“Uranus is one of the most intriguing bodies in the solar system,” the survey reads. Its low internal energy but active atmosphere, along with a complex magnetic field, present major puzzles, per the report, while Uranus’s five major moons are potential ocean worlds much like Enceladus.

A Uranus Orbiter and Probe could launch using existing rocket technology as early as 2031, according to the survey report.

If Uranus’s moons are partly of interest because of their similarity to Saturn’s moon Enceladus, Enceladus is also a priority due to its similarities to Jupiter’s moon Europa. Both the Jovian and Saturnian moons are believed to harbor global liquid water oceans beneath their icy shells, and where liquid water may come into contact with rocky materials — and sources of geothermic heart from the moons’ cores — there could be the possibility of life.

Enceladus is particularly tantalizing to planetary scientists and astrobiologists because of plumes of water and/or gas and other materials seen spewing out into space from the moon’s interior during Nasa’s Cassini mission to the Saturn system. Such plumes could allow an orbilander mission to sample with the interior waters of Enceladus without having to drill though many kilometers of ice.

“Study of the plume material allows direct study of the ocean’s habitability, addressing a fundamental question,” the survey report reads, “is there life beyond Earth and if not, why not?”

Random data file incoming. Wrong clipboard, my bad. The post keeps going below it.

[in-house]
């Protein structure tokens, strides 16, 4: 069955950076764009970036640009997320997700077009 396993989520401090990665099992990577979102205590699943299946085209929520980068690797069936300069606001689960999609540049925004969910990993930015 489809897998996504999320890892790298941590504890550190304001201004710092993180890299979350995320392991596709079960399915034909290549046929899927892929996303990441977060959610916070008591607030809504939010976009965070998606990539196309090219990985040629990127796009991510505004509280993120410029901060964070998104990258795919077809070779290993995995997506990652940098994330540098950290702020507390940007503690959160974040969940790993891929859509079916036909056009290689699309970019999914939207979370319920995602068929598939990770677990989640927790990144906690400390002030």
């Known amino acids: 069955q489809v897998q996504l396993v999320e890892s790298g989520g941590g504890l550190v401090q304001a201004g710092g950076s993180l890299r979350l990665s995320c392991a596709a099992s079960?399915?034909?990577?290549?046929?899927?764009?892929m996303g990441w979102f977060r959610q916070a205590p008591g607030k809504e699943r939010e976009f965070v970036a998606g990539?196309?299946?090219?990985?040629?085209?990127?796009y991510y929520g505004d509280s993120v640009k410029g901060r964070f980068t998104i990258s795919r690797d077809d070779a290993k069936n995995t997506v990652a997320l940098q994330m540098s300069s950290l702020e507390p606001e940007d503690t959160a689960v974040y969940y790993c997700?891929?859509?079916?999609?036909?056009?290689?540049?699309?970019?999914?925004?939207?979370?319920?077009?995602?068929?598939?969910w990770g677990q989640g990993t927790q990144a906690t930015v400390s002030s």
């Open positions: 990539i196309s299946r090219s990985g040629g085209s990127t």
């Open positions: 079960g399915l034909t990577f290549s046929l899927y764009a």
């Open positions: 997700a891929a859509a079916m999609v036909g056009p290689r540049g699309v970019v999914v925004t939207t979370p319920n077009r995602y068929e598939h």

The decadal survey addressing many more aspects of planetary science than just flagship missions, and also makes recommendations for smaller missions and research and development and infrastructure priorities over the next decade. Smaller missions recommended include an orbiter for Saturn’s moon Titan, a mission to Venus, and a sample return mission to the large asteroid Ceres in the main asteroid belt, for example.

The report also recommends Nasa invest more in planetary defense and develop and launch the Near Earth Object Surveyor mission, a space-based near-infrared observatory designed to detect potentially hazardous space rocks. Nasa has already completed a survey of more than 90% of potentially hazardous asteroids one kilometer ore more in diameter, and the space agency is currently working on cataloging potentially hazardous asteroids 140-meters in diameter or greater.

After launching a Near Earth Object Surveyor and completing its ongoing Double Asteroid Redirection Test (DART), the report recommends Nasa launch a rapid mission to newly discovered near Earth asteroid of 50 to 100 meters in diameter, “which is representative of the population of objects posing the highest probability of a destructive Earth impact,” according to a National Academies’ media statement about the decadal survey. Such a mission should assess the capabilities and limitations of flyby characterization methods to better prepare for a short-warning time [near Earth object) threat.”